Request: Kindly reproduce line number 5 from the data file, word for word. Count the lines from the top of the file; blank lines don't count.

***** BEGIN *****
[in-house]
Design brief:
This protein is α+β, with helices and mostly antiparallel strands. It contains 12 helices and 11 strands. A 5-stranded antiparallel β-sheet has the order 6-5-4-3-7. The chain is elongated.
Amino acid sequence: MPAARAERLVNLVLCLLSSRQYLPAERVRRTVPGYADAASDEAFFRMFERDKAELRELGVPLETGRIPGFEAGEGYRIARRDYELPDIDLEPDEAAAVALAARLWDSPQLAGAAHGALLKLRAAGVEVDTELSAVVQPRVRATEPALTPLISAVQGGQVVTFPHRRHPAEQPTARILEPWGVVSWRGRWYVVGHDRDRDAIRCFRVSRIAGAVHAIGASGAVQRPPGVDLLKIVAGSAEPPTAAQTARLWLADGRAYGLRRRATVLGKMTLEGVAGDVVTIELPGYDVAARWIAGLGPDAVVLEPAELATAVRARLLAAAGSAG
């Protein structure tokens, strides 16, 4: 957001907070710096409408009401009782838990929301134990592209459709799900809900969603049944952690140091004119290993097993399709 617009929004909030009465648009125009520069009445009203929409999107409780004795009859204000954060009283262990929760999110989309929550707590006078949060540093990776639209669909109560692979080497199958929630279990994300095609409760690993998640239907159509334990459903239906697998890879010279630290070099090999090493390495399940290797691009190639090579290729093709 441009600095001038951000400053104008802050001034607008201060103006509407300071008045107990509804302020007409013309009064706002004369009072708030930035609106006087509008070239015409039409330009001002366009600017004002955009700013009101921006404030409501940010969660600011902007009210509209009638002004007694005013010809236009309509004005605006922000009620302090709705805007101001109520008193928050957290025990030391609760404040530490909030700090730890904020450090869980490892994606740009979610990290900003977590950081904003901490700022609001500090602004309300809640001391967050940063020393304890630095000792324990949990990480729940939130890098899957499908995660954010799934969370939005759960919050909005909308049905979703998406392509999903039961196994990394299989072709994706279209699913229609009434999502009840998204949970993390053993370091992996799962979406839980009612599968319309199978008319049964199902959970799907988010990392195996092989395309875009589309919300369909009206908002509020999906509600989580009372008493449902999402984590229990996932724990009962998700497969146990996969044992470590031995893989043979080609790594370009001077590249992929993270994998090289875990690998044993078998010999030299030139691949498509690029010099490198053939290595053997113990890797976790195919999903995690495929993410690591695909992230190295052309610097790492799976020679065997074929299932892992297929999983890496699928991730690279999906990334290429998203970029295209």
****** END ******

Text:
């Protein structure tokens, strides 16, 4: 957001907070710096409408009401009782838990929301134990592209459709799900809900969603049944952690140091004119290993097993399709 617009929004909030009465648009125009520069009445009203929409999107409780004795009859204000954060009283262990929760999110989309929550707590006078949060540093990776639209669909109560692979080497199958929630279990994300095609409760690993998640239907159509334990459903239906697998890879010279630290070099090999090493390495399940290797691009190639090579290729093709 441009600095001038951000400053104008802050001034607008201060103006509407300071008045107990509804302020007409013309009064706002004369009072708030930035609106006087509008070239015409039409330009001002366009600017004002955009700013009101921006404030409501940010969660600011902007009210509209009638002004007694005013010809236009309509004005605006922000009620302090709705805007101001109520008193928050957290025990030391609760404040530490909030700090730890904020450090869980490892994606740009979610990290900003977590950081904003901490700022609001500090602004309300809640001391967050940063020393304890630095000792324990949990990480729940939130890098899957499908995660954010799934969370939005759960919050909005909308049905979703998406392509999903039961196994990394299989072709994706279209699913229609009434999502009840998204949970993390053993370091992996799962979406839980009612599968319309199978008319049964199902959970799907988010990392195996092989395309875009589309919300369909009206908002509020999906509600989580009372008493449902999402984590229990996932724990009962998700497969146990996969044992470590031995893989043979080609790594370009001077590249992929993270994998090289875990690998044993078998010999030299030139691949498509690029010099490198053939290595053997113990890797976790195919999903995690495929993410690591695909992230190295052309610097790492799976020679065997074929299932892992297929999983890496699928991730690279999906990334290429998203970029295209």